4. 4. Silveira FT, Lainson R, Corbett CEP. Clinical and immunopathological spectrum of American cutaneous leishmaniasis with special reference to the disease in Amazonian Brazil: a review. Memórias do Instituto Oswaldo Cruz. scielo; 2004. pp. 239–251. pmid:15273794
  5. 5. Cardoso TM, Machado Á, Costa DL, Carvalho LP, Queiroz A, Machado P, et al. Protective and Pathological Functions of CD8(+) T Cells in Leishmania braziliensis Infection. Infect Immun. 2015;83: 898–906. pmid:25534940
  6. 6. Bacellar O, Lessa H, Schriefer A, Machado P, Ribeiro de Jesus A, Dutra WO, et al. Up-Regulation of Th1-Type Responses in Mucosal Leishmaniasis Patients. Infect Immun. American Society for Microbiology; 2002;70: 6734–6740. pmid:12438348
  7. 7. Castellucci LC, de Almeida LF, Jamieson SE, Fakiola M, de Carvalho EM, Blackwell JM. Host genetic factors in American cutaneous leishmaniasis: a critical appraisal of studies conducted in an endemic area of Brazil. Mem Inst Oswaldo Cruz. Instituto Oswaldo Cruz, Ministério da Saúde; 2014;109: 279–288. pmid:24863979
  8. 8. Silveira F. Diffuse Cutaneous Leishmaniasis (DCL) In The Amazon Region, Brazil: Clinical And Epidemiological Aspects. Gaz Médica da Bahia. 2009; 25–29.
  9. 9. Silveira FT, Lainson R, De Castro Gomes CM, Laurenti MD, Corbett CEP. Immunopathogenic competences of Leishmania (V.) braziliensis and L. (L.) amazonensis in American cutaneous leishmaniasis. Parasite Immunol. 2009;31: 423–431. pmid:19646206
  10. 10. Murray HW, Berman JD, Davies CR, Saravia NG. Advances in leishmaniasis. Lancet. 2005;366: 1561–1577. pmid:16257344
  11. 11. Wanasen N, Xin L, Soong L. Pathogenic role of B cells and antibodies in murine Leishmania amazonensis infection. Int J Parasitol. 2008;38: 417–429. pmid:17959178
  12. 12. Miles SA, Conrad SM, Alves RG, Jeronimo SMB, Mosser DM. A role for IgG immune complexes during infection with the intracellular pathogen Leishmania. J Exp Med. United States; 2005;201: 747–754. pmid:15753208
  13. 13. Gaafar A, Veress B, Permin H, Kharazmi A, Theander TG, El Hassan AM. Characterization of the Local and Systemic Immune Responses in Patients with Cutaneous Leishmaniasis Due to Leishmania major. Clin Immunol. 1999;91: 314–320. pmid:10370377
  14. 14. de Souza Testasicca MC, dos Santos MS, Machado LM, Serufo AV, Doro D, Avelar D, et al. Antibody responses induced by Leish-Tec®, an A2-based vaccine for visceral leishmaniasis, in a heterogeneous canine population. Vet Parasitol. 2014;204: 169–176. pmid:24863572
  15. 15. Grimaldi G, Teva A, Porrozzi R, Pinto MA, Marchevsky RS, Rocha MGL, et al. Clinical and Parasitological Protection in a Leishmania infantum-Macaque Model Vaccinated with Adenovirus and the Recombinant A2 Antigen. PLoS Negl Trop Dis. 2014;8: e2853. pmid:24945284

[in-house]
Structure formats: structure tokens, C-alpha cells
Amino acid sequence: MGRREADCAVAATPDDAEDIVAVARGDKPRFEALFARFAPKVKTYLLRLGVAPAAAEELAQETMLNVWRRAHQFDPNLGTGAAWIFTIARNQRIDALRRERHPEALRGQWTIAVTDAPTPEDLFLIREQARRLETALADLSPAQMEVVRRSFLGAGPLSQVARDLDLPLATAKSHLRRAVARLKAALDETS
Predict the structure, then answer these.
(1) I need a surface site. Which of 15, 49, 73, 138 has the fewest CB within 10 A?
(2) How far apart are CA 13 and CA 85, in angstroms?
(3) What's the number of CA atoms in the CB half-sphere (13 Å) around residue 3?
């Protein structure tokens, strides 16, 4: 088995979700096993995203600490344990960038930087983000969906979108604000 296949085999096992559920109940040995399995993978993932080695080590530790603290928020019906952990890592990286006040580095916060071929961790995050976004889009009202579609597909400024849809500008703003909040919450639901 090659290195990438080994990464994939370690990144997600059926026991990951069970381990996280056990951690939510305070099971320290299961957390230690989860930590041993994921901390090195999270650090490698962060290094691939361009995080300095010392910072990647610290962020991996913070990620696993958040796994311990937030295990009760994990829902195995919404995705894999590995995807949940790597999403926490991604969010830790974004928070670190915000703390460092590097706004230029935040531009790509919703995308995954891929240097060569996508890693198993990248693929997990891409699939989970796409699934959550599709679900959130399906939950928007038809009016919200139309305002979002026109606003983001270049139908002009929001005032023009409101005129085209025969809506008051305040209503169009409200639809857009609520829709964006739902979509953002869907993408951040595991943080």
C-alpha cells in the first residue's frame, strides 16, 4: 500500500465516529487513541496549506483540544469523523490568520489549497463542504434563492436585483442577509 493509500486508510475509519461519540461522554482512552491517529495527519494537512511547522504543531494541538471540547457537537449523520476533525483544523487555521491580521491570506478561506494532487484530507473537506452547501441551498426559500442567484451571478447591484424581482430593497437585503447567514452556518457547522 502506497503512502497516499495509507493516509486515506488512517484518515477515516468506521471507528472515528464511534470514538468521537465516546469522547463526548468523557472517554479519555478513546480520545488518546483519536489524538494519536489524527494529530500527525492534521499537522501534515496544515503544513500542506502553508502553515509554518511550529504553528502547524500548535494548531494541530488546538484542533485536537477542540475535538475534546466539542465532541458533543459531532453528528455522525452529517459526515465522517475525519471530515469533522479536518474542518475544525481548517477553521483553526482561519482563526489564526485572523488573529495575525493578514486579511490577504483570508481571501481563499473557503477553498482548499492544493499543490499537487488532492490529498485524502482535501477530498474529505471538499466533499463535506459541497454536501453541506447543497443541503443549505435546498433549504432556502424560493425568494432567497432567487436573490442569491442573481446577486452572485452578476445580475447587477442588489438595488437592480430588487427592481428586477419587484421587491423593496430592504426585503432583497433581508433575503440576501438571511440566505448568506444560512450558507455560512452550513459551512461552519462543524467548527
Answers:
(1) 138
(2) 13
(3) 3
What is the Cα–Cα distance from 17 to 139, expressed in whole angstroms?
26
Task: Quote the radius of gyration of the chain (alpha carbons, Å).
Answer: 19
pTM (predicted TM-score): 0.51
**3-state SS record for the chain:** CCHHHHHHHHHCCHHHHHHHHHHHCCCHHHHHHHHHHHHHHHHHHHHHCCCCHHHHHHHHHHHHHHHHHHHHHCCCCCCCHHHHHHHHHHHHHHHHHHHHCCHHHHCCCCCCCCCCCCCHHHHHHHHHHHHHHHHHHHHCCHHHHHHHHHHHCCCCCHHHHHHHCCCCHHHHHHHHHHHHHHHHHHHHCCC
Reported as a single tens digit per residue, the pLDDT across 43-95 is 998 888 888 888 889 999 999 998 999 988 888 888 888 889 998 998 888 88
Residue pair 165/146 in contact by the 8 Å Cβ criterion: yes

16. 16. Casadevall A, Pirofski L. Immunoglobulins In Defense, Pathogenesis And Therapy Of Fungal Diseases. Cell Host Microbe. 2012;11: 447–456. pmid:22607798
  17. 17. Sutterwala FS, Noel GJ, Clynes R, Mosser DM. Selective Suppression of Interleukin-12 Induction after Macrophage Receptor Ligation. J Exp Med. 1997;185: 1977–1985. Available: pmid:9166427
  18. 18. Sutterwala FS, Noel GJ, Salgame P, Mosser DM. Reversal of Proinflammatory Responses by Ligating the Macrophage Fcγ Receptor Type I. J Exp Med. The Rockefeller University Press; 1998;188: 217–222. Available: pmid:9653099
  19. 19. Kima PE, Constant SL, Hannum L, Colmenares M, Lee KS, Haberman AM, et al. Internalization of Leishmania mexicana Complex Amastigotes via the Fc Receptor Is Required to Sustain Infection in Murine Cutaneous Leishmaniasis. J Exp Med. 2000;191: 1063–1068. Available: pmid:10727468
  20. 20. Thomas BN, Buxbaum LU. FcγRIII Mediates Immunoglobulin G-Induced Interleukin-10 and Is Required for Chronic Leishmania mexicana Lesions. Infect Immun. 2008;76: 623–631. pmid:18070890
  21. 21. Chagas E, Corrêa C, Silveira F. valiação da resposta imune humoral através do teste de imunofluorescência indireta na leishmaniose cutânea causada por Leishmania (L.) amazonensis na região Amazônica do Brasil. Rev Soc Bras Med Trop. 1999;32: 26.
  22. 22. Chagas E, Ishikawa E, Silveira F. Humoral response (IgG) in the borderline disseminated cutaneous leishmaniasis (BDCL) caused by Leishmania (L.) amazonensis in Pará State, Brazil. WOLRDleish 2, Crete, Greece. 2001;P226: 118.
  23. 23. Gupta G, Oghumu S, Satoskar AR. Mechanisms of Immune Evasion in Leishmaniasis. Adv Appl Microbiol. 2014;82: 1–23.
  24. 24. Locksley RM, Scott P. Helper T-cell subsets in mouse leishmaniasis: induction, expansion and effector function. Immunol Today. 1991;12: A58–A61. pmid:1829891
  25. 25. Saha A, Biswas A, Srivastav S, Mukherjee M, Das PK, Ukil A. Prostaglandin E2 Negatively Regulates the Production of Inflammatory Cytokines/Chemokines and IL-17 in Visceral Leishmaniasis. J Immunol. 2014;193: 2330–2339. pmid:25049356
  26. 26. Martinez FO, Helming L, Milde R, Varin A, Melgert BN, Draijer C, et al. Genetic programs expressed in resting and IL-4 alternatively activated mouse and human macrophages: similarities and differences. Blood. 2013;121: 57–69. Available: